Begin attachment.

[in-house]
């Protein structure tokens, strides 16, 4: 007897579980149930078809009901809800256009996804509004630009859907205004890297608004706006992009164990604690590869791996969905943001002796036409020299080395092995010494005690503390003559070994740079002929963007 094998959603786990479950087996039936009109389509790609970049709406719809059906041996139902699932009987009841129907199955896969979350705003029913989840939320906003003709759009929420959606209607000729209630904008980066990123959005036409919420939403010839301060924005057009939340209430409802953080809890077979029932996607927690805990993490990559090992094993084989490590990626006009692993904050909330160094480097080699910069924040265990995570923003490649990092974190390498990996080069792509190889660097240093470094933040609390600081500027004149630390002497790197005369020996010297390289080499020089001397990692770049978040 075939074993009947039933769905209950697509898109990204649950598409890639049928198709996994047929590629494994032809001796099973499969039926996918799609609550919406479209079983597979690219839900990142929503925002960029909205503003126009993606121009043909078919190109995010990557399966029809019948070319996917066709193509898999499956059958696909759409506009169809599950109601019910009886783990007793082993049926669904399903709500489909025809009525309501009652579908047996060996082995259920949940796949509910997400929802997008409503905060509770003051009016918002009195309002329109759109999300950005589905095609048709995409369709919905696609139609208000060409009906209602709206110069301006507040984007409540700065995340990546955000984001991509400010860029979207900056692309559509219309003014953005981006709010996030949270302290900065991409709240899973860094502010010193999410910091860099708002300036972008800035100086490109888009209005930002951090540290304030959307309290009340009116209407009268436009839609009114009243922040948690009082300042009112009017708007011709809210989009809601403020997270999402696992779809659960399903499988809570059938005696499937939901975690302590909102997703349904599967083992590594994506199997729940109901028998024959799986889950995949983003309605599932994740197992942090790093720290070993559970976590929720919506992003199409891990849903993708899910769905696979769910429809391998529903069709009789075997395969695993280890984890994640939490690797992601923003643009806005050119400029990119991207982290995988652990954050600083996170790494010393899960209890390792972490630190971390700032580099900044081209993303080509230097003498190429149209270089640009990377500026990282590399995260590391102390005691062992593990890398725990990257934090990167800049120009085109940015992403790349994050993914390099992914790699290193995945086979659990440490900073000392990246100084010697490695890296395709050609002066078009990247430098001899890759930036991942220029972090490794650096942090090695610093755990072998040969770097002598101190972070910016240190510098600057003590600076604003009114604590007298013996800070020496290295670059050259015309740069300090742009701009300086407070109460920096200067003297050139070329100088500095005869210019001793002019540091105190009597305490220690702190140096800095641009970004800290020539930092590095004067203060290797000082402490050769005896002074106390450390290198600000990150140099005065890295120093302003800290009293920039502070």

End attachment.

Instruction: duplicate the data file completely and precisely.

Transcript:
[in-house]
């Protein structure tokens, strides 16, 4: 007897579980149930078809009901809800256009996804509004630009859907205004890297608004706006992009164990604690590869791996969905943001002796036409020299080395092995010494005690503390003559070994740079002929963007 094998959603786990479950087996039936009109389509790609970049709406719809059906041996139902699932009987009841129907199955896969979350705003029913989840939320906003003709759009929420959606209607000729209630904008980066990123959005036409919420939403010839301060924005057009939340209430409802953080809890077979029932996607927690805990993490990559090992094993084989490590990626006009692993904050909330160094480097080699910069924040265990995570923003490649990092974190390498990996080069792509190889660097240093470094933040609390600081500027004149630390002497790197005369020996010297390289080499020089001397990692770049978040 075939074993009947039933769905209950697509898109990204649950598409890639049928198709996994047929590629494994032809001796099973499969039926996918799609609550919406479209079983597979690219839900990142929503925002960029909205503003126009993606121009043909078919190109995010990557399966029809019948070319996917066709193509898999499956059958696909759409506009169809599950109601019910009886783990007793082993049926669904399903709500489909025809009525309501009652579908047996060996082995259920949940796949509910997400929802997008409503905060509770003051009016918002009195309002329109759109999300950005589905095609048709995409369709919905696609139609208000060409009906209602709206110069301006507040984007409540700065995340990546955000984001991509400010860029979207900056692309559509219309003014953005981006709010996030949270302290900065991409709240899973860094502010010193999410910091860099708002300036972008800035100086490109888009209005930002951090540290304030959307309290009340009116209407009268436009839609009114009243922040948690009082300042009112009017708007011709809210989009809601403020997270999402696992779809659960399903499988809570059938005696499937939901975690302590909102997703349904599967083992590594994506199997729940109901028998024959799986889950995949983003309605599932994740197992942090790093720290070993559970976590929720919506992003199409891990849903993708899910769905696979769910429809391998529903069709009789075997395969695993280890984890994640939490690797992601923003643009806005050119400029990119991207982290995988652990954050600083996170790494010393899960209890390792972490630190971390700032580099900044081209993303080509230097003498190429149209270089640009990377500026990282590399995260590391102390005691062992593990890398725990990257934090990167800049120009085109940015992403790349994050993914390099992914790699290193995945086979659990440490900073000392990246100084010697490695890296395709050609002066078009990247430098001899890759930036991942220029972090490794650096942090090695610093755990072998040969770097002598101190972070910016240190510098600057003590600076604003009114604590007298013996800070020496290295670059050259015309740069300090742009701009300086407070109460920096200067003297050139070329100088500095005869210019001793002019540091105190009597305490220690702190140096800095641009970004800290020539930092590095004067203060290797000082402490050769005896002074106390450390290198600000990150140099005065890295120093302003800290009293920039502070």